Clinical depression is one of the major causes of suicide in the United States, and suicide is the third leading cause of death. This means that even if you did not suffer from Clinical Depression yourself, you most likely will know someone in your lifetime who does.
So how do you identify clinical depression, which means any form of depression that requires some kind of treatment? Although its common for many people to experience episodes of depression during their life, it usually falls under three major categories, unipolar disorder, bipolar disorder, and dysthymia.
Unipolar disorder, which is often referred to as major depression, generally manifests itself as episodes of severe depression that can come and go, lasting anywhere from just a few hours to months at a time.
Bipolar disorder on the other hand is characterized by the same episodes of severe depression at times, while at other times experiencing feelings of total euphoria and excitement. For instance manic episodes may include going for days without sleep or food, or unreasonable feelings of almost invincibility.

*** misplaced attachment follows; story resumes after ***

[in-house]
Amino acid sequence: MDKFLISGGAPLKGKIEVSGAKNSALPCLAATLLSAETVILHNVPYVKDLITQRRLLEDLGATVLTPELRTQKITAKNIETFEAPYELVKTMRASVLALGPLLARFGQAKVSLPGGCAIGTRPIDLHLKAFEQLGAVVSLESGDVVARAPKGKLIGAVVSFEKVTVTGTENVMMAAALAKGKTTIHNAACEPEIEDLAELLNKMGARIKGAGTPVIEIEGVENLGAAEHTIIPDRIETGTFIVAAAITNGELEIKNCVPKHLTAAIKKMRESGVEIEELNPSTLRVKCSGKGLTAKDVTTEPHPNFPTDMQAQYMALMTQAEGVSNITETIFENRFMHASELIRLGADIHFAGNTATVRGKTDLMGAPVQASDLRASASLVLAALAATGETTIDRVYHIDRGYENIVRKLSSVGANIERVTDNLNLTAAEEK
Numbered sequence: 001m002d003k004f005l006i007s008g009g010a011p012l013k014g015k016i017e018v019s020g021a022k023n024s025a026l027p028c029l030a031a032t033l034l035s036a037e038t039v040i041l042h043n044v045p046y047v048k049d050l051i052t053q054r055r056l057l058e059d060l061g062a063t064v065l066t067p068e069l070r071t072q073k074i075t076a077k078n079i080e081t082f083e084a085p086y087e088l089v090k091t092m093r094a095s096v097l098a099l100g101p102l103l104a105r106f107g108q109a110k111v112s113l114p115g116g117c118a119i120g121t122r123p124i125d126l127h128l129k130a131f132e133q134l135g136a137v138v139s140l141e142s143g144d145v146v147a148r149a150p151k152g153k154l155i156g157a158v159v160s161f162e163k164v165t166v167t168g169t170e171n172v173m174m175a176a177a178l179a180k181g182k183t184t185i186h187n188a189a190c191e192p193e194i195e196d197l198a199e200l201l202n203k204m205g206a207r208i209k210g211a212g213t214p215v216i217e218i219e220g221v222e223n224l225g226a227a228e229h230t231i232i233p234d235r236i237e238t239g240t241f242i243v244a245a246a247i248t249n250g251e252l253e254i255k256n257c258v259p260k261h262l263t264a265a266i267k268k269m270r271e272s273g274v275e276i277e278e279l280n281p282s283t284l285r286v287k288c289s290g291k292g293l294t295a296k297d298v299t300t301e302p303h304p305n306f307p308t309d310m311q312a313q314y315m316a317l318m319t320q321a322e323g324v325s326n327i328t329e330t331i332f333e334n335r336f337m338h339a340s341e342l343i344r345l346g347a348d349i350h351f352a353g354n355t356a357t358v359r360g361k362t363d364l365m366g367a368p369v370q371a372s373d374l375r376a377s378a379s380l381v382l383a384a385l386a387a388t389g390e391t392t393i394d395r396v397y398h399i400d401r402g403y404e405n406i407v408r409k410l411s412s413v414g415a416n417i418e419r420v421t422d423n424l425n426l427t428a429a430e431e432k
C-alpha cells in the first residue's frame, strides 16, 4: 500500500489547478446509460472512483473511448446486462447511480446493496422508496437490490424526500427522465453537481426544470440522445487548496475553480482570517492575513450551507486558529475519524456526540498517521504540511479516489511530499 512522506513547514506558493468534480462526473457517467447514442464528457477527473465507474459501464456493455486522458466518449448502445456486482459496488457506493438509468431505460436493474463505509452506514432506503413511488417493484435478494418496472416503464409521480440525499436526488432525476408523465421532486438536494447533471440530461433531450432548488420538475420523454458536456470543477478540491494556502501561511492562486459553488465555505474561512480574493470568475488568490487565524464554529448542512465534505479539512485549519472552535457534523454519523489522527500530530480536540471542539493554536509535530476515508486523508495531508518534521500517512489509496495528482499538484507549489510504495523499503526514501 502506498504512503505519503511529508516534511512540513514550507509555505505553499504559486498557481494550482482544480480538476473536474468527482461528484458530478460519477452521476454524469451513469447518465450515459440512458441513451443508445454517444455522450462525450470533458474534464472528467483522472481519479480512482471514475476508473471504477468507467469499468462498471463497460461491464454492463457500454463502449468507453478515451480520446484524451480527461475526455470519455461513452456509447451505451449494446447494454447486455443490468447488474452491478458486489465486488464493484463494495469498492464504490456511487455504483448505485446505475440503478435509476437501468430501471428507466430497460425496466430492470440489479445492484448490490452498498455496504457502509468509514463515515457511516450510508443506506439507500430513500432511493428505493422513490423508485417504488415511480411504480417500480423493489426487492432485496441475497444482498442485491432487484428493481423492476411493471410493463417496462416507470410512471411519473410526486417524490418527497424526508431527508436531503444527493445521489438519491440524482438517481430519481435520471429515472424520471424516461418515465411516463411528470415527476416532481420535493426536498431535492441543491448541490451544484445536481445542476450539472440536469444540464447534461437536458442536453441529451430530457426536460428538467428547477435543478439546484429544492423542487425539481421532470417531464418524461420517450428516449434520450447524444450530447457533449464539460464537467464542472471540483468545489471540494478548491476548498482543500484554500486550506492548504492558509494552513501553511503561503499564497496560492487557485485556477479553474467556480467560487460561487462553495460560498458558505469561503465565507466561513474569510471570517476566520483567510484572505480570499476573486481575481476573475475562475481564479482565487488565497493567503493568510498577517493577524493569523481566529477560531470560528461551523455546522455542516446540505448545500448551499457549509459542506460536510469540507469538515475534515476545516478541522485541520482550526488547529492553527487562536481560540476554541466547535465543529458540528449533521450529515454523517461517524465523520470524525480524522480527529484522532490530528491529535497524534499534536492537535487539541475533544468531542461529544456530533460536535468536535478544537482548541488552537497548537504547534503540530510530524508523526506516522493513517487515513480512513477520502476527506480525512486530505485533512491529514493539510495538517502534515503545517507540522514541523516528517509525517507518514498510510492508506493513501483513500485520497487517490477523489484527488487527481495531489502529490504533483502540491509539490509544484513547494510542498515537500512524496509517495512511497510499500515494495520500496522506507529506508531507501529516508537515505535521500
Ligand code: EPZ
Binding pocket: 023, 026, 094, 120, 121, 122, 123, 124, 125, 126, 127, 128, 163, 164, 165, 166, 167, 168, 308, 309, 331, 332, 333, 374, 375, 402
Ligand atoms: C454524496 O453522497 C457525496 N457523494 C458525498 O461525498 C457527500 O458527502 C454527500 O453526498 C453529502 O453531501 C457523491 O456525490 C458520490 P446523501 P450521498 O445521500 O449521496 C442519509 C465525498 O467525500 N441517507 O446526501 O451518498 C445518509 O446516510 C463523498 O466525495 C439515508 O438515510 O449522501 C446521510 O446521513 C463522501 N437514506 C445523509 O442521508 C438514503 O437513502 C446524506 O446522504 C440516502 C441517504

Dysthymia is a prolonged sad feeling where a person generally does not feel that they are capable of enjoying anything in life. It is not usually characterized by intense episodes as much as a general overall feeling that persists for a very long time.
Symptoms Of Clinical Depression Can Include
Overwhelming feelings of sadness or anxiety
Unstable sleeping patterns
Either gaining or losing weight
Poor concentration and memory
Loss of joy in life
Feelings of hopelessness
Thoughts of suicide
So if you know someone who is suffering from clinical depression, how can you help them? Perhaps the best way to help is to just be willing to listen. You don’t have to offer particular solutions to their problems, just listen. If their behavior is odd and aggressive, don’t take it personally. Don’t criticize or lose your temper with them. Continue to encourage them to get help.
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